Comprehensive vs. Collision Coverage
How to know which is better for auto coverage: comp or collision
If you’ve recently purchased a new vehicle, you know that in order to drive in most states, you need to purchase a basic type of car insurance, but you may be overwhelmed by your coverage options. Comprehensive and collision are the two types of physical damage coverage available on car insurance policies. Both play an important role in keeping your vehicle in tip-top shape. Minor dents and dings all the way up to full-blown car crunching can be repaired, or the insurance company can at least pay out enough money to make you whole again.
Compare the two types of coverage to help determine what you need to protect your vehicle.
Regardless of the type of car you drive or where you drive it, by owning and operating a vehicle and driving it on public roads, your car is vulnerable to all types of losses and damages, both to yourself and to others on the road and their property. Though you’re probably most concerned with accidents, your vehicle can also be damaged by acts of weather such as falling tree limbs or monster-sized hail, vandalism or even invaded by creepy crawlers, especially if you park outside or on the street.
Think of comprehensive coverage as an all-encompassing insurance option that protects your vehicle against physical damage caused by anything other than a collision — and protects you from having to pay for it.
- Can be used in combination with any other coverage or even as a stand-alone coverage.
- Repairs glass damage including windshield chips or cracks.
- Covers contact with an animal, most commonly deer.
- Provides protection against storm damage including wind, hail, and flood.
- Repairs damage from vandals keying your car, breaking into your car, or even theft.
- Often offers a reasonably priced coverage with a low deductible.
Collision coverage is probably the most important coverage you need to have in order to protect your vehicle against physical damage. It is not difficult to accidentally hit something when driving. Somebody is always at fault, and that someone could be you. Some of the most significant damage to your vehicle can come from a collision with another vehicle, tree, pole or guardrail. In order to purchase collision coverage, you’ll need to purchase basic coverage as well. The higher your deductible (the amount you pay if you do get into a collision), the lower your monthly payments will often be — and this can be the best way to get the coverage you need and the savings you deserve at the same time.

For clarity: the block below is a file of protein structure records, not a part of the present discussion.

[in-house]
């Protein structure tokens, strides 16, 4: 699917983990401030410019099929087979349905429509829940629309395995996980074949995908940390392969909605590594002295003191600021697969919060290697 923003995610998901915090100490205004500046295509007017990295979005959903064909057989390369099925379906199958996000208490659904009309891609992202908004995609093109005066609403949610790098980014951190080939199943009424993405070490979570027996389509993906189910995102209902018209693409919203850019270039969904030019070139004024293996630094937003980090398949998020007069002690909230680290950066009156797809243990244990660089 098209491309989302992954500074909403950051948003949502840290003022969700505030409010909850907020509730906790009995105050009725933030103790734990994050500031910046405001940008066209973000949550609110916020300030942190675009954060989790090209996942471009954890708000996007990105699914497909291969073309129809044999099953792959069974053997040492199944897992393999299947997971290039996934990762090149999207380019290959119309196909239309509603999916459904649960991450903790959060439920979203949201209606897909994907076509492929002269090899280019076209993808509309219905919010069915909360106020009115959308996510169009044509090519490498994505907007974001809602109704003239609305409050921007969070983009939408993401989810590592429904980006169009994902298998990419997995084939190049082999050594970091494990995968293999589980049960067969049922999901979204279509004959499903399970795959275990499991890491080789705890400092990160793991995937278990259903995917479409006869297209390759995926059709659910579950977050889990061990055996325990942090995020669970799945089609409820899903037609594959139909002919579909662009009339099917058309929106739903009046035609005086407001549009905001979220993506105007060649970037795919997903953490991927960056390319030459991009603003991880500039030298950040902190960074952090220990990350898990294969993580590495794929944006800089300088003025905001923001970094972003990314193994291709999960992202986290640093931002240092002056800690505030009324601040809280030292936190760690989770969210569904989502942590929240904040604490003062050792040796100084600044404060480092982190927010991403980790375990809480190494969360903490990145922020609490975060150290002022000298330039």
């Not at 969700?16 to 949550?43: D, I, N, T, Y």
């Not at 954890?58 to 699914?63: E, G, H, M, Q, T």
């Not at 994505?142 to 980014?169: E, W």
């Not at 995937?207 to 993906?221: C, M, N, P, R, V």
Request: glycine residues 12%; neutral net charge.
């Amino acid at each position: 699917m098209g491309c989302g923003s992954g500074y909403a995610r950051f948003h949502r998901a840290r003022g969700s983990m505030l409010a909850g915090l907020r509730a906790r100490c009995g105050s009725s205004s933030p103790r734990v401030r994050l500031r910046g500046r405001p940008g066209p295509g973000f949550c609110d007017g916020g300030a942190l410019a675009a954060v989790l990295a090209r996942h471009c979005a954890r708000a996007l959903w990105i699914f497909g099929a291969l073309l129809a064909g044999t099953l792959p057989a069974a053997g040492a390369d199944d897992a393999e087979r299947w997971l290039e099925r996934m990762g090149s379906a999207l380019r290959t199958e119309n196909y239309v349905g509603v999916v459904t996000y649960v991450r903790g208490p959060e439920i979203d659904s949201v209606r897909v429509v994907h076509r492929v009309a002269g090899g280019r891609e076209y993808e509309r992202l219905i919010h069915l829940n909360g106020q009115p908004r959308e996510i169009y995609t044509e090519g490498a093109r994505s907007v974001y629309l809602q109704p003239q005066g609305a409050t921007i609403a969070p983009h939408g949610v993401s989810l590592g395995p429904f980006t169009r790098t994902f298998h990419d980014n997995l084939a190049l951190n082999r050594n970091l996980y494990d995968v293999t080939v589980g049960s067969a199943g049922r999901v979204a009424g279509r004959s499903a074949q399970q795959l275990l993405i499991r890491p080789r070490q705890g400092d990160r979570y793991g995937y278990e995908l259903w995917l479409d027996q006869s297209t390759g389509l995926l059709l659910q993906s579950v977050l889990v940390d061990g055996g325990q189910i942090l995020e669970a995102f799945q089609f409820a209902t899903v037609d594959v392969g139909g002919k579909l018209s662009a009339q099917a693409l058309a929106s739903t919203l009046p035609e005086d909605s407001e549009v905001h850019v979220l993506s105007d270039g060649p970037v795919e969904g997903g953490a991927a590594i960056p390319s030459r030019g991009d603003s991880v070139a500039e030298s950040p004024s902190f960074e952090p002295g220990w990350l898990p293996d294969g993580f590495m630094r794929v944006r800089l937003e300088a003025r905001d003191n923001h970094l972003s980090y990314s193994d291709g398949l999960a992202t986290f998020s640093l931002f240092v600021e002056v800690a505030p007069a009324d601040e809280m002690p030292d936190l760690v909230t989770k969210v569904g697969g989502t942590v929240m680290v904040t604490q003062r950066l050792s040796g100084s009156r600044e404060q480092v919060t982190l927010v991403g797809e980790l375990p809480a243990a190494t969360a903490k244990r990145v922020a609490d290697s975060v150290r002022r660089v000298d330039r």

- Collision can only be purchased when combined with liability and comprehensive coverage.
- Collision repairs damage when two vehicles in drive or reverse collide with each other.
- It covers damage to your vehicle when you hit ice and slide into an inanimate object.
- Collision covers pothole damage.
- Collision coverage can get expensive, so to lower costs, most people choose a $500 deductible or higher.
The “Best” Physical Damage Car Insurance Coverage
For some, the best coverage is the cheapest car insurance policy that makes them able to legally drive on the road. For others, the best coverage is the type that covers the full cost of repairs on your vehicle when you file a claim. The only way to be certain you are fully protected is to purchase both comprehensive coverage and collision coverage. Each coverage has its own job to do.
Comprehensive claims are a little more common because more people carry comprehensive coverage on their vehicles. It is the cheaper of the two types of physical damage coverage. Plus, comprehensive coverage addresses the animal- and weather-related damages that are so prevalent when it comes to vehicles.
Collision coverage is there for you when you make a mistake. It is very frustrating to cause damage to your own vehicle, but being covered by your insurance policy can help make you feel a little better.
When selecting coverage for your vehicle, the biggest thing to consider is the cost of the coverage versus the value of your vehicle and potential costs of repairs. Once you determine you have the ability to cover the damages out of your own pocket, it is time to reduce coverage.